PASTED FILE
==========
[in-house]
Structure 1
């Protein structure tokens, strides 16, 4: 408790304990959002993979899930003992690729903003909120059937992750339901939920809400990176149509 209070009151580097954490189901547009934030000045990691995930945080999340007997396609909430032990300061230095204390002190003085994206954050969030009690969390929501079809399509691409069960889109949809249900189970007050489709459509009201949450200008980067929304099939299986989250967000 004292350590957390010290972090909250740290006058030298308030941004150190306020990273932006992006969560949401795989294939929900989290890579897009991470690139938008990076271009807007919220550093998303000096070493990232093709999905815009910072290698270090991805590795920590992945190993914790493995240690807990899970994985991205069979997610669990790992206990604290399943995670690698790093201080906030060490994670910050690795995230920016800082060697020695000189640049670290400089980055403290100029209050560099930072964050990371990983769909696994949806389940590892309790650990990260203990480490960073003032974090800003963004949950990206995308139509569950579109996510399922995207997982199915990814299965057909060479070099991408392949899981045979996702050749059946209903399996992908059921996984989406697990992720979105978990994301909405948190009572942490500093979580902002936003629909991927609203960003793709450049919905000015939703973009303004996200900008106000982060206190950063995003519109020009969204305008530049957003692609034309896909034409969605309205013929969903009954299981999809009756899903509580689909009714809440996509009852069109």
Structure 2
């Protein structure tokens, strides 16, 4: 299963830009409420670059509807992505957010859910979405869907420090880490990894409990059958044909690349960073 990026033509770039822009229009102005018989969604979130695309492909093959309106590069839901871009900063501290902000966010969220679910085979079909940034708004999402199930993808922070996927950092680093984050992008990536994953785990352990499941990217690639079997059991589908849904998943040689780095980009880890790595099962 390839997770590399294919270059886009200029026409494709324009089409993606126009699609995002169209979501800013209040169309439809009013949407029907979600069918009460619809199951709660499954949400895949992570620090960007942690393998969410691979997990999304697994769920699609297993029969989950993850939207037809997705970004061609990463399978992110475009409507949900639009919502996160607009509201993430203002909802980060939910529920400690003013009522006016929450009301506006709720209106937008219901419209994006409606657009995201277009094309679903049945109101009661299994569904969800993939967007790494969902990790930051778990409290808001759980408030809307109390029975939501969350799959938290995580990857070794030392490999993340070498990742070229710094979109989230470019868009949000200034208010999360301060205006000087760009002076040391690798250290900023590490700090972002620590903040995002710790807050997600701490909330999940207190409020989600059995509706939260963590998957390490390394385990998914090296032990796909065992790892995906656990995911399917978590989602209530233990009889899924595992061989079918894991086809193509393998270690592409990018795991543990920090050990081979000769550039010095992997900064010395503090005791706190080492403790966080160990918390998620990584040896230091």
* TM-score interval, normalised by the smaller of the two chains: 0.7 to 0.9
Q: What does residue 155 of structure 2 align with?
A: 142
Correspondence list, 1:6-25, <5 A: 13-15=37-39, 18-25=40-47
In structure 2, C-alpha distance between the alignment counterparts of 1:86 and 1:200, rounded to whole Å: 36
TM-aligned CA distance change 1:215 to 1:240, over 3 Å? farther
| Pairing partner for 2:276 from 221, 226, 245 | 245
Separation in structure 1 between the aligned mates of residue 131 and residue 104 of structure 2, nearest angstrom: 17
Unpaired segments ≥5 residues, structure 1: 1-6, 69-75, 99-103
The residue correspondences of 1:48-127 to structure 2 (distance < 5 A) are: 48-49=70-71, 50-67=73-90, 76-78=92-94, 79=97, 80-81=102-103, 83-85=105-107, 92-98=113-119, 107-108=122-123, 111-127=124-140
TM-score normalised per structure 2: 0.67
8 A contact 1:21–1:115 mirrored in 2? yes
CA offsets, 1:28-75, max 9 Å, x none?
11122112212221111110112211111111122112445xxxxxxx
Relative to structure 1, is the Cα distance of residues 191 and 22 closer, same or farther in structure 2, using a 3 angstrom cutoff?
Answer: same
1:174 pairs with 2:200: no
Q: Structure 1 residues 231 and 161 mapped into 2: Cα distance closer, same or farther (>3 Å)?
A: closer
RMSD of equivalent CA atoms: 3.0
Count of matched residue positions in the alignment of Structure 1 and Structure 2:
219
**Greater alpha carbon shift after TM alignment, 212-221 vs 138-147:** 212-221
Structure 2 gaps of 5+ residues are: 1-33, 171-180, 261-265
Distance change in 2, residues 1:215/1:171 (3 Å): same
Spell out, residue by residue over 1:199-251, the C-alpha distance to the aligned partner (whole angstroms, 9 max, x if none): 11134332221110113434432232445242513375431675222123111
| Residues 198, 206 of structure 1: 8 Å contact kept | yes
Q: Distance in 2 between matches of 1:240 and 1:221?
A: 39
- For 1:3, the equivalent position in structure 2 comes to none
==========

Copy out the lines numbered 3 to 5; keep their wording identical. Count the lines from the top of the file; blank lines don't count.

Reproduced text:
């Protein structure tokens, strides 16, 4: 408790304990959002993979899930003992690729903003909120059937992750339901939920809400990176149509 209070009151580097954490189901547009934030000045990691995930945080999340007997396609909430032990300061230095204390002190003085994206954050969030009690969390929501079809399509691409069960889109949809249900189970007050489709459509009201949450200008980067929304099939299986989250967000 004292350590957390010290972090909250740290006058030298308030941004150190306020990273932006992006969560949401795989294939929900989290890579897009991470690139938008990076271009807007919220550093998303000096070493990232093709999905815009910072290698270090991805590795920590992945190993914790493995240690807990899970994985991205069979997610669990790992206990604290399943995670690698790093201080906030060490994670910050690795995230920016800082060697020695000189640049670290400089980055403290100029209050560099930072964050990371990983769909696994949806389940590892309790650990990260203990480490960073003032974090800003963004949950990206995308139509569950579109996510399922995207997982199915990814299965057909060479070099991408392949899981045979996702050749059946209903399996992908059921996984989406697990992720979105978990994301909405948190009572942490500093979580902002936003629909991927609203960003793709450049919905000015939703973009303004996200900008106000982060206190950063995003519109020009969204305008530049957003692609034309896909034409969605309205013929969903009954299981999809009756899903509580689909009714809440996509009852069109």
Structure 2
């Protein structure tokens, strides 16, 4: 299963830009409420670059509807992505957010859910979405869907420090880490990894409990059958044909690349960073 990026033509770039822009229009102005018989969604979130695309492909093959309106590069839901871009900063501290902000966010969220679910085979079909940034708004999402199930993808922070996927950092680093984050992008990536994953785990352990499941990217690639079997059991589908849904998943040689780095980009880890790595099962 390839997770590399294919270059886009200029026409494709324009089409993606126009699609995002169209979501800013209040169309439809009013949407029907979600069918009460619809199951709660499954949400895949992570620090960007942690393998969410691979997990999304697994769920699609297993029969989950993850939207037809997705970004061609990463399978992110475009409507949900639009919502996160607009509201993430203002909802980060939910529920400690003013009522006016929450009301506006709720209106937008219901419209994006409606657009995201277009094309679903049945109101009661299994569904969800993939967007790494969902990790930051778990409290808001759980408030809307109390029975939501969350799959938290995580990857070794030392490999993340070498990742070229710094979109989230470019868009949000200034208010999360301060205006000087760009002076040391690798250290900023590490700090972002620590903040995002710790807050997600701490909330999940207190409020989600059995509706939260963590998957390490390394385990998914090296032990796909065992790892995906656990995911399917978590989602209530233990009889899924595992061989079918894991086809193509393998270690592409990018795991543990920090050990081979000769550039010095992997900064010395503090005791706190080492403790966080160990918390998620990584040896230091």